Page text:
Of course, I had my smartphone with a large display timer running during the presentation, sitting to the left of Stackie on the table. Don’t ever guess at where you are with your timeline in a presentation. Rehearse with a timer so you are used to using one when live. Then use it during your talk.
I kicked off the presentation with a very brief Dr. Torq bio and an explanation of physical computing and steampunk, which are the basis for many of our Off-The-Shelf Hacker stories.
Keep in mind that anytime you actually run a device demo, there’s always a chance of it not acting properly or even crashing.
Next, I discussed the difference between the Arduino and Raspberry Pi. Ten years into the microcontroller revolution and people are still confused between the two. Arduino is a firmware-based device, while the Raspberry Pi has an operating system.
We started to pick up speed, then, when I presented my Steampunk Eyeball. People like to see movement in demos and one reason I chose this device was that it would track an object as I moved around the stage. Some viewers have called it magic. Audiences seem to like the complexity and oddity of the Eyeball.
Perhaps, in the future, we’ll have to build a bigger Eyeball, because this breakfast had about 100 people. I know the back tables had a hard time seeing a 12-inch tall device. Of course, you know what that means: Bigger boxes and more weight to haul to a show. Those are the tradeoffs.
Next, I covered the first gen Arduino/1.8” color LCD Steampunk conference badge. All I had to show was the brass skeletal frame and leather back. That was OK, because it showed the immaturity of my badge development, in its current stage of development.
I then moved on to the two-piece (fourth gen) badge that I wore, when paired nicely with the steampunk garb and top hat I wore during the presentation. The device is big and gaudy while complementing the steampunk vibe and Stackie PancakeBot. Certainly, the audience could see it when I walked around on stage. A few attendees came up and asked questions about the fourth gen badge at the end of the panel discussion part of the show.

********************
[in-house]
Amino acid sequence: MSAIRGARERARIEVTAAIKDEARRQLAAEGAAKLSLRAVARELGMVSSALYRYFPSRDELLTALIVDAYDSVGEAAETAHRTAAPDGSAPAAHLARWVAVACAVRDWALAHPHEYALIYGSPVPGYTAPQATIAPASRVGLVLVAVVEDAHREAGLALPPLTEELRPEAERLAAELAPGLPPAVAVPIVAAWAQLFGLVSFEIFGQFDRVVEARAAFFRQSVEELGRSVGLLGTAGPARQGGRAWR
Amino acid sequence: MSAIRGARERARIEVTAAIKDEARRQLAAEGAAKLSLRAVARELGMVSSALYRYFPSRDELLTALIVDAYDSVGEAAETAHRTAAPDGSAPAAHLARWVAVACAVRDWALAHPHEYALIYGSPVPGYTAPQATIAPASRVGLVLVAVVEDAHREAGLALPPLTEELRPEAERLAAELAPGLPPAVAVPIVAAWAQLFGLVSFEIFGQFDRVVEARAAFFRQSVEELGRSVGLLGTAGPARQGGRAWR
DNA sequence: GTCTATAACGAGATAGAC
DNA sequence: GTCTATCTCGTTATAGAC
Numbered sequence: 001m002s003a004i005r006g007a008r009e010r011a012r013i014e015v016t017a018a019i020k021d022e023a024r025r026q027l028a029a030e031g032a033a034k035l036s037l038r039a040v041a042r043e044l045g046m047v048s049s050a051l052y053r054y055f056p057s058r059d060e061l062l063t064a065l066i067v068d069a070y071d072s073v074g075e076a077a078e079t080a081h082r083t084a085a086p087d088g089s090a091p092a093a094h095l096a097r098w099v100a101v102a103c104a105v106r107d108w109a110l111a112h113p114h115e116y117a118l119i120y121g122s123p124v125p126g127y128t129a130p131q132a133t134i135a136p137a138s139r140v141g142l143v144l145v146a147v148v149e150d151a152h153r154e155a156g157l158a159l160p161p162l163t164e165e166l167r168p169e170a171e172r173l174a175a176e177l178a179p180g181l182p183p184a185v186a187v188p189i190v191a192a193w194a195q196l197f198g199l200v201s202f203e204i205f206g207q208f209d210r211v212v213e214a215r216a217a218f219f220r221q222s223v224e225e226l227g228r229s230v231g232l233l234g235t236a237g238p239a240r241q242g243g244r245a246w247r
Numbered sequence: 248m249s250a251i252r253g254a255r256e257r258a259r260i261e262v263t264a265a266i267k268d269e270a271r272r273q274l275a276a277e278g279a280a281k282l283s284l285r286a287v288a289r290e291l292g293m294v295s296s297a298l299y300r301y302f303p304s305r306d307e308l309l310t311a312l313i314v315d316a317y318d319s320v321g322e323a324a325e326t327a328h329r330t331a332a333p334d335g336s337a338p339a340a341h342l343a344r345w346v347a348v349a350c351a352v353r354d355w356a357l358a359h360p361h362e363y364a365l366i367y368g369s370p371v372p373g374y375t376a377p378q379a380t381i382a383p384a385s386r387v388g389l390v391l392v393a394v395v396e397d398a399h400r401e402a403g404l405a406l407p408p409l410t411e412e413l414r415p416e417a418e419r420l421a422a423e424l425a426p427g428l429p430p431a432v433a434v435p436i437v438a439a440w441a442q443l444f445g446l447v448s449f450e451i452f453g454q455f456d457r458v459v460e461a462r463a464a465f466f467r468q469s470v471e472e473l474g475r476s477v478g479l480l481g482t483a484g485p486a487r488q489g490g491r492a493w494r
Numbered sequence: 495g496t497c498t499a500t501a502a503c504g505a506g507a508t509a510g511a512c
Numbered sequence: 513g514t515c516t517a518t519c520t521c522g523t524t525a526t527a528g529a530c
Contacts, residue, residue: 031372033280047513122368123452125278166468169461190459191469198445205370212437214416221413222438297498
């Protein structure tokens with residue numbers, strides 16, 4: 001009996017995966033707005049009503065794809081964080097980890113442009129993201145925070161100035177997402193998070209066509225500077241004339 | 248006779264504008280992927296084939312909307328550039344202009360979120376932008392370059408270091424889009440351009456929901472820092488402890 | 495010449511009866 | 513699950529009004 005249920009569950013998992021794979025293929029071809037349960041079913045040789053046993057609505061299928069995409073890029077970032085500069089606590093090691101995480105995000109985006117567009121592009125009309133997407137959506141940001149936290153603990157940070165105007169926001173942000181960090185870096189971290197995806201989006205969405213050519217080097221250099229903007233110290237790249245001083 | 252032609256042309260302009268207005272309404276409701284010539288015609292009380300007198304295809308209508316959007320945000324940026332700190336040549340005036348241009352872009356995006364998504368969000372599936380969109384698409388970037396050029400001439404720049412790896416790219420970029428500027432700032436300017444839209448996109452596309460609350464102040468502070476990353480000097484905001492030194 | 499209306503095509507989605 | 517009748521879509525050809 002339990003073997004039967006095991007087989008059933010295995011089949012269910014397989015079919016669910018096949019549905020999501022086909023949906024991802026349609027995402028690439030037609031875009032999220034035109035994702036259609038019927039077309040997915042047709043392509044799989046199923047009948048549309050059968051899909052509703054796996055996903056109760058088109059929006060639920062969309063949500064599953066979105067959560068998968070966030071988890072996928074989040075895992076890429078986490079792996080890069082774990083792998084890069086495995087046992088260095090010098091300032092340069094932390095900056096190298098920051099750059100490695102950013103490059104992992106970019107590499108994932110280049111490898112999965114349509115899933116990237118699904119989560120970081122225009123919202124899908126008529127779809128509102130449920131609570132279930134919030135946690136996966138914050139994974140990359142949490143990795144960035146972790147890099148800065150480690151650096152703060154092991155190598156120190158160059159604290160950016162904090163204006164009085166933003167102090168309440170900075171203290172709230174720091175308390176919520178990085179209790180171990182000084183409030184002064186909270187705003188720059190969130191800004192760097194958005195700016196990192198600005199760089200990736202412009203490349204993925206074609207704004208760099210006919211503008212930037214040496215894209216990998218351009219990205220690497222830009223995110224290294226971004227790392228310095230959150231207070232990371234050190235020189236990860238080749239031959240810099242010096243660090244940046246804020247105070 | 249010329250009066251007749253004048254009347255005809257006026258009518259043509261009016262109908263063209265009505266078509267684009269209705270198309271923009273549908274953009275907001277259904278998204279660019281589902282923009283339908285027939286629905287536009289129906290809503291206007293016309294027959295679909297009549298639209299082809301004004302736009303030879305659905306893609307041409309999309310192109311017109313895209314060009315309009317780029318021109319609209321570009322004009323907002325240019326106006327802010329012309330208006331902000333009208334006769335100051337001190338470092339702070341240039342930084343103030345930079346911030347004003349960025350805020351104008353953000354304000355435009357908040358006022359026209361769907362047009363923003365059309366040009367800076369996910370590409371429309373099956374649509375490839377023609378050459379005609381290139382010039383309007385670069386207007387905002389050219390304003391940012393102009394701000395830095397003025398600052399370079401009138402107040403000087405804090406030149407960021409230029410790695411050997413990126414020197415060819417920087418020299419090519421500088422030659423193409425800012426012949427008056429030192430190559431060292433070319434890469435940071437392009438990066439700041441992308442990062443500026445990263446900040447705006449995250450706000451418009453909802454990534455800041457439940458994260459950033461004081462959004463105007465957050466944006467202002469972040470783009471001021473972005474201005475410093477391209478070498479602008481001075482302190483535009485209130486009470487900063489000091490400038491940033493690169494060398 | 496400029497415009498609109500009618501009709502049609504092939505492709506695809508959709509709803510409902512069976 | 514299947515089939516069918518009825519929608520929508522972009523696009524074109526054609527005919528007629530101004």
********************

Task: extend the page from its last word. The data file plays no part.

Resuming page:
The fifth (and current) gen badge was the last device I covered, before moving over to summarize Stackie. I put this device toward the end of the talk because it was the most refined out of the bunch and would likely draw a lot of attention when wearing it out on the conference floor. It certainly did… people remembered the badge and steampunk get-up from the pancake breakfast. Naturally, that provided an opportunity to mention The New Stack and talk about the site and podcasting operation.
Keep in mind that anytime you actually run a device demo, there’s always a chance of it not acting properly or even crashing. You might consider only demoing gadgets that are stable and have a good track record of booting up and doing what they’re supposed to do. I’ve talked to speakers in the speaker’s lounge who were up all night getting their product running. That’s a tough road. Granted, things happen and tweaking is absolutely necessary sometimes because the “show must go on.” It’s best to start early on organizing your hardware demo and be obsessive about your prep.
So there you have it, a glimpse into the seriously interesting world of conference hardware demo “shows”. It’s fun and provides a great connection back to TNS articles.
And, Hey, Stackie, don’t forget us, next time. Roadies like refreshments after a show, too.
The New Stack is a wholly owned subsidiary of Insight Partners, an investor in the following companies mentioned in this article: Shelf.